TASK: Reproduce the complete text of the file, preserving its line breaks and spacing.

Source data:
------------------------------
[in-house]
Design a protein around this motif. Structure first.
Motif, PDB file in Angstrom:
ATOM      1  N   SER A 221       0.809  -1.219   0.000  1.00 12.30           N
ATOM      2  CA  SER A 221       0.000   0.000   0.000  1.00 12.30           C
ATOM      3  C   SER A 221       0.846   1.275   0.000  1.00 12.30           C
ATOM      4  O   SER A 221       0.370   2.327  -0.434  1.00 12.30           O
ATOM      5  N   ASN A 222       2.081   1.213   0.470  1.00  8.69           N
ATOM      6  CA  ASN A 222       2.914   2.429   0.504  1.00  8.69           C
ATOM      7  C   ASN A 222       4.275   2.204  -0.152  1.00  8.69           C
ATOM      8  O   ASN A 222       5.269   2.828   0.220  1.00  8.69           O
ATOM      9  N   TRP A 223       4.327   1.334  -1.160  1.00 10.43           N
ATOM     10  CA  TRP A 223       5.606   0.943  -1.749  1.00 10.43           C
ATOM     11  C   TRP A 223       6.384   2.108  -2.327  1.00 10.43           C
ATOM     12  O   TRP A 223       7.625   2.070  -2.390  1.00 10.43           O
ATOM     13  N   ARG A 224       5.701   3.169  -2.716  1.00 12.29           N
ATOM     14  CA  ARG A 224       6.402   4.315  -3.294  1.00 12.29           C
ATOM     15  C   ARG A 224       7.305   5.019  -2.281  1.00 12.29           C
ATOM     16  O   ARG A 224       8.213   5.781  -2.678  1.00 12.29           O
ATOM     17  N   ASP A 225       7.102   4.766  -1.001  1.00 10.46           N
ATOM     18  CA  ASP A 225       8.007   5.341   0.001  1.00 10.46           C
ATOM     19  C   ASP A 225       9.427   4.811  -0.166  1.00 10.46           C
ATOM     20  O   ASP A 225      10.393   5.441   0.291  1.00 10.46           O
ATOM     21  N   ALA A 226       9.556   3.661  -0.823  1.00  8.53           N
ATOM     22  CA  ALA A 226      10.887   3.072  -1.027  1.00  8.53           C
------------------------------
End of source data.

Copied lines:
[in-house]
Design a protein around this motif. Structure first.
Motif, PDB file in Angstrom:
ATOM      1  N   SER A 221       0.809  -1.219   0.000  1.00 12.30           N
ATOM      2  CA  SER A 221       0.000   0.000   0.000  1.00 12.30           C
ATOM      3  C   SER A 221       0.846   1.275   0.000  1.00 12.30           C
ATOM      4  O   SER A 221       0.370   2.327  -0.434  1.00 12.30           O
ATOM      5  N   ASN A 222       2.081   1.213   0.470  1.00  8.69           N
ATOM      6  CA  ASN A 222       2.914   2.429   0.504  1.00  8.69           C
ATOM      7  C   ASN A 222       4.275   2.204  -0.152  1.00  8.69           C
ATOM      8  O   ASN A 222       5.269   2.828   0.220  1.00  8.69           O
ATOM      9  N   TRP A 223       4.327   1.334  -1.160  1.00 10.43           N
ATOM     10  CA  TRP A 223       5.606   0.943  -1.749  1.00 10.43           C
ATOM     11  C   TRP A 223       6.384   2.108  -2.327  1.00 10.43           C
ATOM     12  O   TRP A 223       7.625   2.070  -2.390  1.00 10.43           O
ATOM     13  N   ARG A 224       5.701   3.169  -2.716  1.00 12.29           N
ATOM     14  CA  ARG A 224       6.402   4.315  -3.294  1.00 12.29           C
ATOM     15  C   ARG A 224       7.305   5.019  -2.281  1.00 12.29           C
ATOM     16  O   ARG A 224       8.213   5.781  -2.678  1.00 12.29           O
ATOM     17  N   ASP A 225       7.102   4.766  -1.001  1.00 10.46           N
ATOM     18  CA  ASP A 225       8.007   5.341   0.001  1.00 10.46           C
ATOM     19  C   ASP A 225       9.427   4.811  -0.166  1.00 10.46           C
ATOM     20  O   ASP A 225      10.393   5.441   0.291  1.00 10.46           O
ATOM     21  N   ALA A 226       9.556   3.661  -0.823  1.00  8.53           N
ATOM     22  CA  ALA A 226      10.887   3.072  -1.027  1.00  8.53           C